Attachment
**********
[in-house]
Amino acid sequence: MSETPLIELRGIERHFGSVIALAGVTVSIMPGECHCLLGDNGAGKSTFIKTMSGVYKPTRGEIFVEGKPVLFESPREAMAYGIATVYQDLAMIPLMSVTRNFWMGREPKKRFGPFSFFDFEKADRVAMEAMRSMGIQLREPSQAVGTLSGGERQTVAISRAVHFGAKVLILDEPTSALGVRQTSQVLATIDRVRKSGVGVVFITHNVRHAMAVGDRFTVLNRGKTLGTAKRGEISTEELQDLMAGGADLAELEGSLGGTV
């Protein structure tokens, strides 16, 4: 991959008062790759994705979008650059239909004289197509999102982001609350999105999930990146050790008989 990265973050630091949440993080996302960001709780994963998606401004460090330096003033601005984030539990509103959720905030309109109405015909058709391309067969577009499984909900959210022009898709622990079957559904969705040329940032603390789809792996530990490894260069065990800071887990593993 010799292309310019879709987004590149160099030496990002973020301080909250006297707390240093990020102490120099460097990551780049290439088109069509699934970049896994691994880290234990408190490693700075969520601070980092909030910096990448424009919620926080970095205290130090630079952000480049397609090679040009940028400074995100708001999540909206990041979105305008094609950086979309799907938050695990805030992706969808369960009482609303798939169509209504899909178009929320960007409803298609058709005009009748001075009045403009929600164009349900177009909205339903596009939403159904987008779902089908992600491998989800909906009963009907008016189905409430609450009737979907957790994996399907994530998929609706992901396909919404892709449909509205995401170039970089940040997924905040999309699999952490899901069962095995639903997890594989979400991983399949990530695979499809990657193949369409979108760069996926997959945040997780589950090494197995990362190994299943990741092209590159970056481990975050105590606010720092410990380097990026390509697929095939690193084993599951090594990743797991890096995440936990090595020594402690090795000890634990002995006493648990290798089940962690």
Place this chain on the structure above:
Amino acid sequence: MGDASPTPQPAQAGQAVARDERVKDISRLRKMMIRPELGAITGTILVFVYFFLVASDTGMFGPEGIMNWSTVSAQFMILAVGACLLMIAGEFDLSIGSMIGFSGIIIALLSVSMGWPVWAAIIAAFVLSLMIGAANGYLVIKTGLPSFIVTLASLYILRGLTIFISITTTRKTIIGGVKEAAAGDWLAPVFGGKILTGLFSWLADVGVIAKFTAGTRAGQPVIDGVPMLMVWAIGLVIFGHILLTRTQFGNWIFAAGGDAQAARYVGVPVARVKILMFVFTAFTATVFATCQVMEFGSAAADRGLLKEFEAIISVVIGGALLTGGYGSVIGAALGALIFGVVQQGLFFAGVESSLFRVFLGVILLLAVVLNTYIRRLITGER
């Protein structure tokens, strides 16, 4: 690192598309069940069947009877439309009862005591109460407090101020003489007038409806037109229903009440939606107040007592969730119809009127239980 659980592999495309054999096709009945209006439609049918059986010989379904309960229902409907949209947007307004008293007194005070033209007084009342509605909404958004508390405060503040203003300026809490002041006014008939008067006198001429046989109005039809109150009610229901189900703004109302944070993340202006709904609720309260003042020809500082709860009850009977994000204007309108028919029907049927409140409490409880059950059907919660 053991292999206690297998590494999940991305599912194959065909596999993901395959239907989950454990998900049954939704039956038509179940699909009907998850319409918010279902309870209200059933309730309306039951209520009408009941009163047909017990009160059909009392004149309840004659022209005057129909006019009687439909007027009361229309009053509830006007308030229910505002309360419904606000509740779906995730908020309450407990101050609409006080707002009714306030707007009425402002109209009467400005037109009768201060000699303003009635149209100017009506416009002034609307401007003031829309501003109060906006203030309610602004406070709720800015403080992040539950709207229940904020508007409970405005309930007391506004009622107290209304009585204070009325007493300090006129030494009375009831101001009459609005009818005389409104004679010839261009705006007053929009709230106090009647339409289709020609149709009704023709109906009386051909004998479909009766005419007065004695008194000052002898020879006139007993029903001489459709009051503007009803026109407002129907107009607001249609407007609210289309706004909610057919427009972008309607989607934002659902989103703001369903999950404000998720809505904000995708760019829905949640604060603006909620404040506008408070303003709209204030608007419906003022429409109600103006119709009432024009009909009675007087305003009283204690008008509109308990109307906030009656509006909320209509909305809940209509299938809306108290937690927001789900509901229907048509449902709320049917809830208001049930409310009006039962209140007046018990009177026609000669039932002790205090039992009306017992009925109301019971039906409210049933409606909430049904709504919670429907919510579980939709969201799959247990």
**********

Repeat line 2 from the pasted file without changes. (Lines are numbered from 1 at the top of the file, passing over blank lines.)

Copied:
Amino acid sequence: MSETPLIELRGIERHFGSVIALAGVTVSIMPGECHCLLGDNGAGKSTFIKTMSGVYKPTRGEIFVEGKPVLFESPREAMAYGIATVYQDLAMIPLMSVTRNFWMGREPKKRFGPFSFFDFEKADRVAMEAMRSMGIQLREPSQAVGTLSGGERQTVAISRAVHFGAKVLILDEPTSALGVRQTSQVLATIDRVRKSGVGVVFITHNVRHAMAVGDRFTVLNRGKTLGTAKRGEISTEELQDLMAGGADLAELEGSLGGTV